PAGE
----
Next we spend a lot of time watching Max strap Chuck into his costume.  I don't know why.; maybe it will be important to the plot later?  

Max looks disgusted while strapping up Chuck's crotch.  That could mean he's straight, or that he doesn't find Chuck's crotch attractive.

Scene 5:
Steve the Delivery Guy asks Lizzie to join him at the gym for a workout.  She agrees.  Uh-oh, competition for The Girl.  So Max, naturally, waits until he leaves and then makes fun of him: he has poor gaming skills and goes to a gym.  What a loser!

Criticizing someone for being muscular?  Max must be straight.

They discuss video game developers. For a long time. Max's hero is Eugene Wylder, who developed the Nether Realm game in 1984. 

I'm bored.  I'm fast forwarding.

Eugene Wylder and Grandpa join Max, Reggie, and Lizzie to fight some glowing-eyed zombies.  

Reggie and Max have a heart to heart: "We're all proud of you."  

Lizzie kissex Max on the cheek. 

 Grandpa hugs Eugene. 

They cosplay their characters for a climactic final battle.  

Final scene: Max, Lizzie, and Reggie join the E-Sports league as the Nether Blasters.  Meanwhile, Eugene and Grandpa are being interviewed: "We will bring Nether Realm to the next level," with Max and his team as lead developers.  Chuck is jubilant: "This game is gonna change history!"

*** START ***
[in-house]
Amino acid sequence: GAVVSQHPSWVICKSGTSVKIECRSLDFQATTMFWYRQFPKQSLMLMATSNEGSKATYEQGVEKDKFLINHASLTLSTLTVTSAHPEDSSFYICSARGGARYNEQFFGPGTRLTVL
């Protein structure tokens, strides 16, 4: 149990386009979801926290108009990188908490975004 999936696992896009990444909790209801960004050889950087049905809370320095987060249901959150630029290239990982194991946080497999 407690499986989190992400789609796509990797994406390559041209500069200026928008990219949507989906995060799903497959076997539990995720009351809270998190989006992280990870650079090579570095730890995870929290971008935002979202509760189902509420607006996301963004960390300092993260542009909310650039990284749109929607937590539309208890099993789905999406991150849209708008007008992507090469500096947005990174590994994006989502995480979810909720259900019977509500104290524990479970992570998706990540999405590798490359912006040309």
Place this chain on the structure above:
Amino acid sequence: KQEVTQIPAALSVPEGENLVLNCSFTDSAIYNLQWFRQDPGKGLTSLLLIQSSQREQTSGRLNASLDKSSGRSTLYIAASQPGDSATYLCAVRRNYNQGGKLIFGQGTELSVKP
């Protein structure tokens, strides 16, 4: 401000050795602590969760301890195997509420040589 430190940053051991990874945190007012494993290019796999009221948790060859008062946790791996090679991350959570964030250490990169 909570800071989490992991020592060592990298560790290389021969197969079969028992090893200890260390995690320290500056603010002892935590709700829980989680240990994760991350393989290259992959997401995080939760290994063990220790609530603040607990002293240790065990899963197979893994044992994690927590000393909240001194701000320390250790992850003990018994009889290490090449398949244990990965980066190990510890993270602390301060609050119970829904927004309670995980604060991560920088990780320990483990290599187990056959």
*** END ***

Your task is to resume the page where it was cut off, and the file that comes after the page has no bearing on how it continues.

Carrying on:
This is more important than saving the world from glowing-eyed zombies?

Beefcake: No.

Heterosexism: Max and Lizzie are standing on opposite sides of the group.  There is no fade-out kiss.  They are obviously not a couple (unless they had a heart-to-heart while I was fast-forwarding).  

This scene does not appear in the movie.

Dirty Double Entendres: "Nether Blasters" sounds dirty, but otherwise everyone seems squeaky-clean.  Even a mildly off-color phrase gets Lizzie reprimanded.

Gay Characters: As far as I can tell,  there are no romantic entanglements of any sort, which is a relief.  Max, Reggie, Grandpa, Eugene, Chuck -- any of them could be gay.  Or none of them.  It's not LGBT representation, but it's not heterosexist, either.

Endless, Excruciatingly Dull Discussions of Gaming: Yes.

They Think Gaming is More Exciting than Fighting Monsters: Yes.

My Grade:  B if you are a gamer, F if you aren't. 

Related Posts Plugin for WordPress, Blogger...